Comey’s firing comes just weeks after now Attorney General Sessions said that going after WikiLeaks founder Julian Assange was “a priority.” “We are going to step up our effort and already are stepping up our efforts on all leaks,” Sessions told reporters. “This is a matter that’s gone beyond anything I’m aware of. We have professionals that have been in the security business of the United States for many years that are shocked by the number of leaks and some of them are quite serious.”
Indeed, The Washington Post reports that the White House and the FBI have been at loggerheads for months because some in the administration “were pressuring Comey to more aggressively pursue leak investigations over disclosures that embarrassed the White House and raised questions about ties with Russia.” While the FBI was looking into those leaks, Comey’s agency “resisted calls to prioritize leak investigations over the Russia matter,” the Post reports, “or probe matters that did not involve leaks of classified or otherwise sensitive information.”
Lest you think the administration is uniformly opposed to leaks, it should be noted that Trump was for WikiLeaks before he was against it. The problem isn’t leaks. It’s who’s talking to the press, and by extension, who controls the media narrative. Comey couldn’t stay on as Trump’s FBI director, not just because he was leading a potentially perilous investigation into the Trump campaign’s ties with Russia, but because he’s known for his independence and comfort with the press.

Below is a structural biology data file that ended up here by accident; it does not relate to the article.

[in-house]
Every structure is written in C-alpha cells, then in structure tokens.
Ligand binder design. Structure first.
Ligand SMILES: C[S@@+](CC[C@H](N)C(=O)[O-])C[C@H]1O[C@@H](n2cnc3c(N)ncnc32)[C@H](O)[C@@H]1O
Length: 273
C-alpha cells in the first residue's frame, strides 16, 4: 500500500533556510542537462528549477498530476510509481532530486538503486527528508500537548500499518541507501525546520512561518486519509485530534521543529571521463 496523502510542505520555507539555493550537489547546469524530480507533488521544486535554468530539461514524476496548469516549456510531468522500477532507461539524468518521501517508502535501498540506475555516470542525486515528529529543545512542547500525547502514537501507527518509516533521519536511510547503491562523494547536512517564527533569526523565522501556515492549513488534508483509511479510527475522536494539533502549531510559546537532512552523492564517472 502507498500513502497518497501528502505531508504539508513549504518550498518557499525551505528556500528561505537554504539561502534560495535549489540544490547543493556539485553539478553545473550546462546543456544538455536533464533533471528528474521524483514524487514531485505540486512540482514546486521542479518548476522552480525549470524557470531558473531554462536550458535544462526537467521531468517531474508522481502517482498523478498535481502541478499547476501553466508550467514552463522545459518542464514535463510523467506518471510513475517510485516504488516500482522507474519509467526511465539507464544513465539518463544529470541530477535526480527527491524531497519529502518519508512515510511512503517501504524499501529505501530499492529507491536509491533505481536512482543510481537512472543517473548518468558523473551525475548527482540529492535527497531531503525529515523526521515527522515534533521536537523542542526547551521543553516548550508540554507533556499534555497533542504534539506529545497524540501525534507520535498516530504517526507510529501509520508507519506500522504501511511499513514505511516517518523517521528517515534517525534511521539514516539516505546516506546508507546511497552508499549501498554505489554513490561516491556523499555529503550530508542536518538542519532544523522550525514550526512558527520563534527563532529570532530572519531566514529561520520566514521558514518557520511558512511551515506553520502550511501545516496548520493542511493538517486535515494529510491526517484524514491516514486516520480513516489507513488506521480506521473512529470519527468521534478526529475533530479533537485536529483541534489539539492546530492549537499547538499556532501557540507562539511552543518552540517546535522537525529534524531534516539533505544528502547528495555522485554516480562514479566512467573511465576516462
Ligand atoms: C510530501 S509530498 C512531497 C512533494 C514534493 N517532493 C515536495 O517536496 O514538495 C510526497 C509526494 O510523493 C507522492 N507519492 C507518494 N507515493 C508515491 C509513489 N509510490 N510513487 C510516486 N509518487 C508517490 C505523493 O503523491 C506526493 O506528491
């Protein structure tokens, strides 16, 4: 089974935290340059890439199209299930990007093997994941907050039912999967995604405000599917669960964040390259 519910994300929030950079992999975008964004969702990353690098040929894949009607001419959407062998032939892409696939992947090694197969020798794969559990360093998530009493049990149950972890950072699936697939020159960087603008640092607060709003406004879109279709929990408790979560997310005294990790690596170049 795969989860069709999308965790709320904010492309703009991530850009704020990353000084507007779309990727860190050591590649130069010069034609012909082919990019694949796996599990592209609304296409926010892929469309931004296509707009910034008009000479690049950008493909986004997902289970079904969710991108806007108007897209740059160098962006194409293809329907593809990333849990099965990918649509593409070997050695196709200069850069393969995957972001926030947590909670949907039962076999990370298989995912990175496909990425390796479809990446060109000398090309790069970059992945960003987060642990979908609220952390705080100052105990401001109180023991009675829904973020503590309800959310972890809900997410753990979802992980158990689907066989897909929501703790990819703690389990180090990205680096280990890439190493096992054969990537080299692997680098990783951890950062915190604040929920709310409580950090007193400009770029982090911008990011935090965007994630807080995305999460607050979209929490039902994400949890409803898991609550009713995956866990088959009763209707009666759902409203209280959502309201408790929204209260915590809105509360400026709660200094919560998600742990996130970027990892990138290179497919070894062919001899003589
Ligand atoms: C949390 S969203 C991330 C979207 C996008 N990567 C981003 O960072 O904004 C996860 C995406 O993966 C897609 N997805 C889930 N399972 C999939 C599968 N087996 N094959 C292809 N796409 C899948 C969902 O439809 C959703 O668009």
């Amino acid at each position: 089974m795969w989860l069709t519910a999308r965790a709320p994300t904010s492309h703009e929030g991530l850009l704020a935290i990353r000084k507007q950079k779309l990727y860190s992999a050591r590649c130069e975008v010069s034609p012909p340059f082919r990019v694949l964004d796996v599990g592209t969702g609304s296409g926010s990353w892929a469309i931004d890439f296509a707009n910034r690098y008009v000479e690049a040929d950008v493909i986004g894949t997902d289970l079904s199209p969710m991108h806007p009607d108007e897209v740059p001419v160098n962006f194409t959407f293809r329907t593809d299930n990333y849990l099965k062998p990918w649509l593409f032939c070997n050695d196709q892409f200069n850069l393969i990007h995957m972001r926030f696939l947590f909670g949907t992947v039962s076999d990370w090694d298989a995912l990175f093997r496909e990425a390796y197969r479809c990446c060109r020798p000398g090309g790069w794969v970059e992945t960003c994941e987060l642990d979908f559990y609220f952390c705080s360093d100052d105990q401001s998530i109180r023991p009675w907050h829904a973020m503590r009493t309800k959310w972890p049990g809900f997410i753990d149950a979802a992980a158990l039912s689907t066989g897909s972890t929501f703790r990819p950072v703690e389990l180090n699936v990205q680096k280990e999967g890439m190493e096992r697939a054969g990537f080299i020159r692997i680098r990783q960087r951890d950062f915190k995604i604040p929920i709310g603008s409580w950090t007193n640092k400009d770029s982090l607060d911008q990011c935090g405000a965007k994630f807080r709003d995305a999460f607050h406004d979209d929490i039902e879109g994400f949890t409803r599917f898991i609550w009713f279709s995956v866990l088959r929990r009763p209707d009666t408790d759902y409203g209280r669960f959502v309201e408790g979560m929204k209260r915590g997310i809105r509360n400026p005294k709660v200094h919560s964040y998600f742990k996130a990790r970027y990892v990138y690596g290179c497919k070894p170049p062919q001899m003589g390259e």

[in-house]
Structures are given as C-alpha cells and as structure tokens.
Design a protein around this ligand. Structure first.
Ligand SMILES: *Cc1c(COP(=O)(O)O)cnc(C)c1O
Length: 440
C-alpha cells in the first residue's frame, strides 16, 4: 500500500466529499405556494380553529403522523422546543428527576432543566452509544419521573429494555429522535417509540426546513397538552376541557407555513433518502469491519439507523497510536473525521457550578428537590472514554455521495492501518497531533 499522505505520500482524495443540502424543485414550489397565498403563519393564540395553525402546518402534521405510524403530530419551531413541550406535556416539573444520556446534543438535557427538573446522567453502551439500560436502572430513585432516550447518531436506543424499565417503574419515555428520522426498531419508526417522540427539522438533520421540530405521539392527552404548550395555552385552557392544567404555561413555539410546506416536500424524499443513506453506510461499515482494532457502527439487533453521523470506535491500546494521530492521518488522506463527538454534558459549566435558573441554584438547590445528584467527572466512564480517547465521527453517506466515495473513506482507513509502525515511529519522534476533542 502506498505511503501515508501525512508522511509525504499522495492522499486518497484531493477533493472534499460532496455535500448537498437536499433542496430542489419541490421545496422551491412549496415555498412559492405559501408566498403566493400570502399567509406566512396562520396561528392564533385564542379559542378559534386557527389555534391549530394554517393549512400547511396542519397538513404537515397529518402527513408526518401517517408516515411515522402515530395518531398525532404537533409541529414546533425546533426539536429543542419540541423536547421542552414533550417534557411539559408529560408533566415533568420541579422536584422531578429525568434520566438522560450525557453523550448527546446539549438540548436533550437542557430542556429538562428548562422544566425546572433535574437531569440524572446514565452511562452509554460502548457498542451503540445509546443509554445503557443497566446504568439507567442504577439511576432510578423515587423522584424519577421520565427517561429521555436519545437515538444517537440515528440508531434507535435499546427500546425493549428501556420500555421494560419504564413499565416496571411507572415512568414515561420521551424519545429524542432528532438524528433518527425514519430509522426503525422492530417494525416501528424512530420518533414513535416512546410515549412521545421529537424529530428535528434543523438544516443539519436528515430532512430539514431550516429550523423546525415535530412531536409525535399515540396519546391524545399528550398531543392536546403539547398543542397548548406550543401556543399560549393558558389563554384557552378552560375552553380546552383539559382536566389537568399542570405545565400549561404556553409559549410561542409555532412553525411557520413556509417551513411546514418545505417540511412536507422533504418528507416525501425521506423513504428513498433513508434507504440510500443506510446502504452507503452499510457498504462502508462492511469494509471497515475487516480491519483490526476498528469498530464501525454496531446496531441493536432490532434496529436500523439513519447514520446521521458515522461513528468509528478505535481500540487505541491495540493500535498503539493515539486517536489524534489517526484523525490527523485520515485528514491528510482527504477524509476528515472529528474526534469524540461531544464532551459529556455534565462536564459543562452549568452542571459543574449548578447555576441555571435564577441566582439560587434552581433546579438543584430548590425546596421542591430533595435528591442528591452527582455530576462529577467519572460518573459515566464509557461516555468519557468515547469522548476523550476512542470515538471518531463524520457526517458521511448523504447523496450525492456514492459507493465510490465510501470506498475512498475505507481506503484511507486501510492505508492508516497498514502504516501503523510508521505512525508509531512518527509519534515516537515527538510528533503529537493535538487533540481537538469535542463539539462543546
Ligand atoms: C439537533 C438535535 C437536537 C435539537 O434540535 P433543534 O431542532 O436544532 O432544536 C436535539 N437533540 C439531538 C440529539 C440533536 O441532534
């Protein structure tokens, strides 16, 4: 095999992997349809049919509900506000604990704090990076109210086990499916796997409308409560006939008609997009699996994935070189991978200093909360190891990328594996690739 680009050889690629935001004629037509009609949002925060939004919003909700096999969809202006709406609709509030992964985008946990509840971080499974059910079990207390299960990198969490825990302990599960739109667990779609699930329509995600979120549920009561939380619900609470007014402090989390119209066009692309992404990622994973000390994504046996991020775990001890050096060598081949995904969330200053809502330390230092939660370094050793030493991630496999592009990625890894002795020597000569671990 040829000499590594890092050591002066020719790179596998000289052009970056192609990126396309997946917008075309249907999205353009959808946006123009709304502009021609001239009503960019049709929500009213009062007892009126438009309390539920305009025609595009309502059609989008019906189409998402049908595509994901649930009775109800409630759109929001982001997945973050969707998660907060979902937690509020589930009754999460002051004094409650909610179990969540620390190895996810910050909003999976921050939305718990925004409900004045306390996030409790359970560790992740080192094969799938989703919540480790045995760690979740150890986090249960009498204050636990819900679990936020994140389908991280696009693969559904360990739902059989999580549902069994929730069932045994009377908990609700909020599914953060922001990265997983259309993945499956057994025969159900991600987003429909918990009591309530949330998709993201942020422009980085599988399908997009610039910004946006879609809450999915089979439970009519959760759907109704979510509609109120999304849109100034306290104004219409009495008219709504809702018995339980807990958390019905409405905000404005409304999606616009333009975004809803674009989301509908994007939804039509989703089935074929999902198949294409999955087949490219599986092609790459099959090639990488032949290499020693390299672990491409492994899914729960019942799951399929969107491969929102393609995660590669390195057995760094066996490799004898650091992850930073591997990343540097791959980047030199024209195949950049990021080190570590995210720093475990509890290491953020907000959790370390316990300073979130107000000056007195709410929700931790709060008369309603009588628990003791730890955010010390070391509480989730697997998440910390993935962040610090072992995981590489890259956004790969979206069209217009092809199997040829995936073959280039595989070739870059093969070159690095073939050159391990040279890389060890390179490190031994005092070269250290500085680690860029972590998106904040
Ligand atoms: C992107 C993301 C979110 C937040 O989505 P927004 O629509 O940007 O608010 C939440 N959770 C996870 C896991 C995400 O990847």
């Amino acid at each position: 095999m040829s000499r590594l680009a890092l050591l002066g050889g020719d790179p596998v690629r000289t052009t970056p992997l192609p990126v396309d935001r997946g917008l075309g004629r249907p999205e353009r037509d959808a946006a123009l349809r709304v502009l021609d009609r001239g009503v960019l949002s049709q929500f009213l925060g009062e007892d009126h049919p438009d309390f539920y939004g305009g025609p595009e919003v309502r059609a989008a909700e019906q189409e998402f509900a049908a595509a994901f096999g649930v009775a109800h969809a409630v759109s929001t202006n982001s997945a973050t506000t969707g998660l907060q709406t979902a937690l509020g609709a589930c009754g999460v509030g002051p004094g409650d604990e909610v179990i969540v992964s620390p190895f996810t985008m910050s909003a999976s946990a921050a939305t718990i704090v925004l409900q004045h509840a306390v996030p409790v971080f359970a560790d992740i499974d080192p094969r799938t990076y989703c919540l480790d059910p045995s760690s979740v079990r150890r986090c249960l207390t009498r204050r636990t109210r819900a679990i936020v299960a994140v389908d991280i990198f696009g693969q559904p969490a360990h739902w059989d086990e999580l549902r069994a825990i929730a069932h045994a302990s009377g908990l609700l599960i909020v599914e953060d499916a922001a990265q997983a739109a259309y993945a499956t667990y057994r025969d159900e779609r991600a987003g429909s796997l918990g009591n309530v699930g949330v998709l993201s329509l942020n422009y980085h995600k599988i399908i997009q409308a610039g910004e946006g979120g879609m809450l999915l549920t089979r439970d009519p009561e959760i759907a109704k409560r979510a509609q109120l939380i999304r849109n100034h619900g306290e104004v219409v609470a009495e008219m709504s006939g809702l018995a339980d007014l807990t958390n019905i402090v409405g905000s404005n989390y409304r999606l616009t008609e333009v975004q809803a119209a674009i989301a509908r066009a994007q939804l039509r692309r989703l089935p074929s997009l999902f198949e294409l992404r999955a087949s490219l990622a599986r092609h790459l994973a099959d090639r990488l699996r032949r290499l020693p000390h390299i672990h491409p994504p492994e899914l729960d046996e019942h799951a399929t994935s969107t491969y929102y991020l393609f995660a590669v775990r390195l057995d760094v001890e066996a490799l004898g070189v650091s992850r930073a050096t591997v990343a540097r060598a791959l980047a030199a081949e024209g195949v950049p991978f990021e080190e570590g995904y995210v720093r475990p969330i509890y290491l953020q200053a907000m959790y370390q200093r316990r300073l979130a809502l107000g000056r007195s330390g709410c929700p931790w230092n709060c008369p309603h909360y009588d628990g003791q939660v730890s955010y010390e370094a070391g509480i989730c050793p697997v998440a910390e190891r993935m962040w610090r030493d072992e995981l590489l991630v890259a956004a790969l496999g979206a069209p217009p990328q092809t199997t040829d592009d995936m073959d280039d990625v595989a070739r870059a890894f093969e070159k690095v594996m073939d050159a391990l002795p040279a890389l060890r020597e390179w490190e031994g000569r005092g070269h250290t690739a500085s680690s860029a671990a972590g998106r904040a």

“The real issue is Comey had become the focus of everything,” Texas Congressman Blake Farenthold fumed on NPR’s Morning Edition. “It wasn’t about the FBI. His face was on TV way too much. How many former FBI directors beyond J. Edgar Hoover can you name? They work quietly and methodically in the background doing their investigations. They’re not on the front pages of the newspaper and they’re not involved in elections.”
If there’s anyone who dislikes being upstaged, it’s Donald Trump. “He’s become more famous than me!” the president joked as he greeted Comey with a handshake and hug at a gathering in January.
Was Trump OK with that? Maybe it was tolerable when the men agreed, as they did about Clinton’s emails, but not when their views diverged, as they have more recently on a number of issues, most prominently the Russia investigation.
“If the Trump administration wants to criminalize dissent, there is a sense in which they have the tools already at their disposal,” Jameel Jaffer, director of the Knight First Amendment Institute at Columbia University, told a recent gathering. “Some of the most significant threats to the freedom of speech and the press are likely to be more subtle, less visible, indirect….Things will happen incrementally….I think you have to see that first incremental step, not just for what it is in itself, but for what it could become. And in order to do that you have to be in the right mindset. You have to understand what this administration has proposed to do over time, what its larger goals are, what its larger philosophy is. And you have to understand these seemingly incremental policy changes in that broader context.”